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Allusion is not Illusion

You'll pry my books off my cold, dead body. By the time you shift them all I'll be flat and dessicated.

Currently reading

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The Fashion in Shrouds (Albert Campion Mystery #10) - Margery Allingham Somehow I've gotten onto a string of misogynistic women authors. Compared to this the last one, Christie's Blue Train, seems quite mild. At least its sexism is of a more paternal tone -- oh, you women are so silly and unable to control your feelings --rather than truly hateful. The women here are not just irrational, but also vicious, selfish, dishonest, and amoral. And this despite the fact that the male characters do all the murdering and most of the other crimes. When women commit their sordid little crimes it is at the behest of men, but that still makes them worse than men because they are stupider as well.

This book contains the most repulsive proposal I have read, to date:

Will you marry me and give up to me your independence, the enthusiasm which you give your career, your time and your thought? ...In return, mind you (I consider it an obligation), I should assume full responsibility for you. I would pay your bills to any amount which my income might afford. I would make all the decisions which were not directly your province, although on the other hand I would like to feel I might discuss everything with you if I wanted to; but only because I wanted to, mind you; not as your right. ...You would be my care, my mate... my possession... It means the other half of my life to me, but the whole of yours.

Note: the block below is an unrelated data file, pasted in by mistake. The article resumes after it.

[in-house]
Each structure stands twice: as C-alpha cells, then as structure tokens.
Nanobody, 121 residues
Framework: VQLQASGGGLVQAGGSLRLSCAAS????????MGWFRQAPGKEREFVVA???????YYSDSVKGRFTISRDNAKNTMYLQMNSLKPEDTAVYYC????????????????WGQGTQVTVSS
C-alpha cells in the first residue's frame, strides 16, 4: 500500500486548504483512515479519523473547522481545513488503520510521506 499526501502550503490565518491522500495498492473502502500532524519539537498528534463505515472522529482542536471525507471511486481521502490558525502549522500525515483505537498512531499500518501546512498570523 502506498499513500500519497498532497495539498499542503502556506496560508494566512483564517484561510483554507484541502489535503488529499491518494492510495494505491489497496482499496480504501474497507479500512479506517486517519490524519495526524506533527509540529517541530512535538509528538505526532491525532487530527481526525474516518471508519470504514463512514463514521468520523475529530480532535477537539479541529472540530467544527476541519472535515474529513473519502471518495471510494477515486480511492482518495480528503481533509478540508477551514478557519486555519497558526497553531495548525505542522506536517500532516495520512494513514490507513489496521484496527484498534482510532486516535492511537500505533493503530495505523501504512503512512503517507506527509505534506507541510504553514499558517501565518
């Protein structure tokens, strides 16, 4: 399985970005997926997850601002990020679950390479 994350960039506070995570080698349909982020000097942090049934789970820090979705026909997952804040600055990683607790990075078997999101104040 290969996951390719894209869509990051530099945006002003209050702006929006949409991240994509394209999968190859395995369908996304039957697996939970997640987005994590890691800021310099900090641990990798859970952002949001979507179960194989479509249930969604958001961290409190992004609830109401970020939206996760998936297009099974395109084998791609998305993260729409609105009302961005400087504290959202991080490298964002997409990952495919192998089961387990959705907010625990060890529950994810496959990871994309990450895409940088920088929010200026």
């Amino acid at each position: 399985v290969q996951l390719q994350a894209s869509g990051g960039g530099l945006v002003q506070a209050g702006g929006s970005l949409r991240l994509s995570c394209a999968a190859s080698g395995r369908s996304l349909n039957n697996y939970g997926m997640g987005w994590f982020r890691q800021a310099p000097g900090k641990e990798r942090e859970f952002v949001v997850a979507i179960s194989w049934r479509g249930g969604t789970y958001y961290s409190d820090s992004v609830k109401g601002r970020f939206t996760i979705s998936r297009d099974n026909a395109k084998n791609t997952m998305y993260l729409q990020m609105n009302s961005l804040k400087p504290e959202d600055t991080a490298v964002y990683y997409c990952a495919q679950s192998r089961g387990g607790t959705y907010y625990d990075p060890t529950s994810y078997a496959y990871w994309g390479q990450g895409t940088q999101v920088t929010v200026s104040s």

This is totally serious. It is not meant as a satire. Also, it comes right after the guy has had a very public affair with a married women, and there hasn't been a big talk or reconciliation scene or anything of that nature. But I guess poor Val has low standards. After all, earlier in the story when she was admitting how upset she was about Alan's betrayal, she was told, "This is damned silly introspective rot. What you need, my girl, is a good cry or a nice rape." And that's from her brother! The protagonist/detective/hero of the story! This is book ten in Campion's series. I really thought I had read an earlier installment and not hated it or him, but I sure did here. In fact, I found most of the characters pretty repellent. The only person I found sympathetic was Amanda, the young aircraft engineer. Well, and the kid Sinclair, but he only existed as a plot device and disappeared as soon as he had conveyed the crucial information.

Allingham's writing is decent and often clever. It's a pity her characters ruin it.